Next, volunteers with the Fulton County Remembrance Coalition plan on placing historical markers in the city.

These efforts in Fulton County are part of a larger movement, in collaboration with the EJI, to commemorate what the nonprofit calls “racial terror lynchings” across the South from the Reconstruction era through the postwar period. The EJI defines racial terror lynchings as acts of violence committed against minority groups distinguished by a lack of criminal prosecution.

The nonprofit documented thousands of murders in the South and beyond which they say created an atmosphere of pervasive fear in minority communities and reinforced a legacy of racial inequality that has never been addressed in America.

In Georgia, community groups in Troup, DeKalb, Gwinnett, Fayette and Walker counties have partnered with the EJI to put up historical markers or hold events. In Forsyth County, volunteers with the Forsyth County Remembrance Coalition held a panel discussion last month with the descendants of Black families who were forced out of the area during its 1912 racial cleansing.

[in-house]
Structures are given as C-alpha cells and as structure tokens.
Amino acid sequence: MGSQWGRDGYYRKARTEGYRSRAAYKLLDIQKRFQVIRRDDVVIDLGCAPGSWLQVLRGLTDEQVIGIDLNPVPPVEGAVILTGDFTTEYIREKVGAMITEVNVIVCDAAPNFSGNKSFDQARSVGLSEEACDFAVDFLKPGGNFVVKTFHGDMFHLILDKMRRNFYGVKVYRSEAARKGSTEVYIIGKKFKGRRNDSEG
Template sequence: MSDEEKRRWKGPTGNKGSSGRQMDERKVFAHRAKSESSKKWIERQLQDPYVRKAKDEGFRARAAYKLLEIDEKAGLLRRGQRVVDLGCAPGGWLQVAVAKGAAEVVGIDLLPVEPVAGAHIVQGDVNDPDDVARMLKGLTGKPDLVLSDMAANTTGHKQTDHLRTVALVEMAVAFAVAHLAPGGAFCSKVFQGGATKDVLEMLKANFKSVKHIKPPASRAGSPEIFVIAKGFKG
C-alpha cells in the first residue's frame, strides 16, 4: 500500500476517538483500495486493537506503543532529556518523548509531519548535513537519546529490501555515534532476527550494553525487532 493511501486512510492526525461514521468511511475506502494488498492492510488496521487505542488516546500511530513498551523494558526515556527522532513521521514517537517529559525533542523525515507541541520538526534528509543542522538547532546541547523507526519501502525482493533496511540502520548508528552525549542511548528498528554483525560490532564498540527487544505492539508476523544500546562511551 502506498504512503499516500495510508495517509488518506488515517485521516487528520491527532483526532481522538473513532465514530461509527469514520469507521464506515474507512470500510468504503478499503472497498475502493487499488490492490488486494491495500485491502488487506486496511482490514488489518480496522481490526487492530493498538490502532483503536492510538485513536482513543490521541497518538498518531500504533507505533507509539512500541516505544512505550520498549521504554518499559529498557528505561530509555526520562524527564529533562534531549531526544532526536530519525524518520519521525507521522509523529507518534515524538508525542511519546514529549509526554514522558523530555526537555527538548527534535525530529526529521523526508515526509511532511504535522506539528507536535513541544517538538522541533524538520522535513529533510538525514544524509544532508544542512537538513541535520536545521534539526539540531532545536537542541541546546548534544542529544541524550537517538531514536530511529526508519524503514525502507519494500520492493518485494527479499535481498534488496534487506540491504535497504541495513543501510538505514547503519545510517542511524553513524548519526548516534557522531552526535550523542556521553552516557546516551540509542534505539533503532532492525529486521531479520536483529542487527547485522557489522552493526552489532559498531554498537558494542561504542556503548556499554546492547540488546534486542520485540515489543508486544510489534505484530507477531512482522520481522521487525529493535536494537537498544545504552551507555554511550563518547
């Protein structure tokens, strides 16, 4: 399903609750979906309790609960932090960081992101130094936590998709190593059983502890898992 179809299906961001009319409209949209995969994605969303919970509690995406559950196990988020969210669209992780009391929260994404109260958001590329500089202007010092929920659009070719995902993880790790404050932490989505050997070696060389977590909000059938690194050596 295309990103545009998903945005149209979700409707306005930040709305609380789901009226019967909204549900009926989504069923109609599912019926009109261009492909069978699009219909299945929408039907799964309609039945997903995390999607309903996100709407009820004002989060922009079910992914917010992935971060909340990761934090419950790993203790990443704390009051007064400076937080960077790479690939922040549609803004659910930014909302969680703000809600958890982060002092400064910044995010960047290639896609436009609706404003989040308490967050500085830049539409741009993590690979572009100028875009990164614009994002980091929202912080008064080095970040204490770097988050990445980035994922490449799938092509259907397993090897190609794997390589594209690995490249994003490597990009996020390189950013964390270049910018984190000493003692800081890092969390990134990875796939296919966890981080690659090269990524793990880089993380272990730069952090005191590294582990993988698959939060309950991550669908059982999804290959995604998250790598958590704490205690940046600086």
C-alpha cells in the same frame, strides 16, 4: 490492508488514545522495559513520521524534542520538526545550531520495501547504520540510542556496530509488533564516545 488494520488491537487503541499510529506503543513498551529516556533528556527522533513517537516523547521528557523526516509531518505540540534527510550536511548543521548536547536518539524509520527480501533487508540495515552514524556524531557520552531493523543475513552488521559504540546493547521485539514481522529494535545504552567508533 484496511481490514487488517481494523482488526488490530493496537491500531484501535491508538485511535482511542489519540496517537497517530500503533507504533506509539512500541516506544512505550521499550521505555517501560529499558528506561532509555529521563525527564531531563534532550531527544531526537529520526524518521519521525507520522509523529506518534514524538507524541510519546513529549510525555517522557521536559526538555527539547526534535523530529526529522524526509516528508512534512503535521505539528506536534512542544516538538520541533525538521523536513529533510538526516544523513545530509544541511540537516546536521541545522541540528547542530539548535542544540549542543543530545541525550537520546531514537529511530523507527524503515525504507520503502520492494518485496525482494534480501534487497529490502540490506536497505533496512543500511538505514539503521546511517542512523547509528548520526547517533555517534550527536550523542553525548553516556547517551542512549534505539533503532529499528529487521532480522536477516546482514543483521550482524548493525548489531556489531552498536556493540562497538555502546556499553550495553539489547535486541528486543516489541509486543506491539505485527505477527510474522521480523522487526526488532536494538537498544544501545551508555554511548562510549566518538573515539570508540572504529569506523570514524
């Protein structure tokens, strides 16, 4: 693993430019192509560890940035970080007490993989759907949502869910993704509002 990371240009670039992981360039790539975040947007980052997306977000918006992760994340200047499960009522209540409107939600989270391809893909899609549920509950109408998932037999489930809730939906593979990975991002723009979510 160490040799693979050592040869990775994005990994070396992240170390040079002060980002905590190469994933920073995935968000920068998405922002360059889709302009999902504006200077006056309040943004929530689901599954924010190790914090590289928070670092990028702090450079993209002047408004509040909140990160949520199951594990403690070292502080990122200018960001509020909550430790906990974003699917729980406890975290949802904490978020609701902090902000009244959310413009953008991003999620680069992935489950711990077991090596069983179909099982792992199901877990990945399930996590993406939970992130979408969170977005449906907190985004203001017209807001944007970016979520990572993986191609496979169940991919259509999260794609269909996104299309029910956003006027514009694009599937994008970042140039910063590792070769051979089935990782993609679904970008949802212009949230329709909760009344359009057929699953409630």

Breana Lamkin, a project manager with the EJI, said part of the goal is to reshape the American landscape by creating public monuments and markers to help change the way communities remember this history.

“Without that, the silence just kind of breeds inequality and it breeds injustice,” Lamkin said. “It kind of gives air to the things that we're hoping to fight against. Without doing that, we will never get to a better place or a place of repair in this country.”

The study of how different countries and societies remember their history is Jelena Subotic’s specialty. She is a professor of memory politics at Georgia State University, an interdisciplinary field drawing on history, sociology, anthropology, ethnography and museum studies.

She said memorials can serve as an important acknowledgement of history for marginalized groups who have suffered at the hands of the wider society in the past.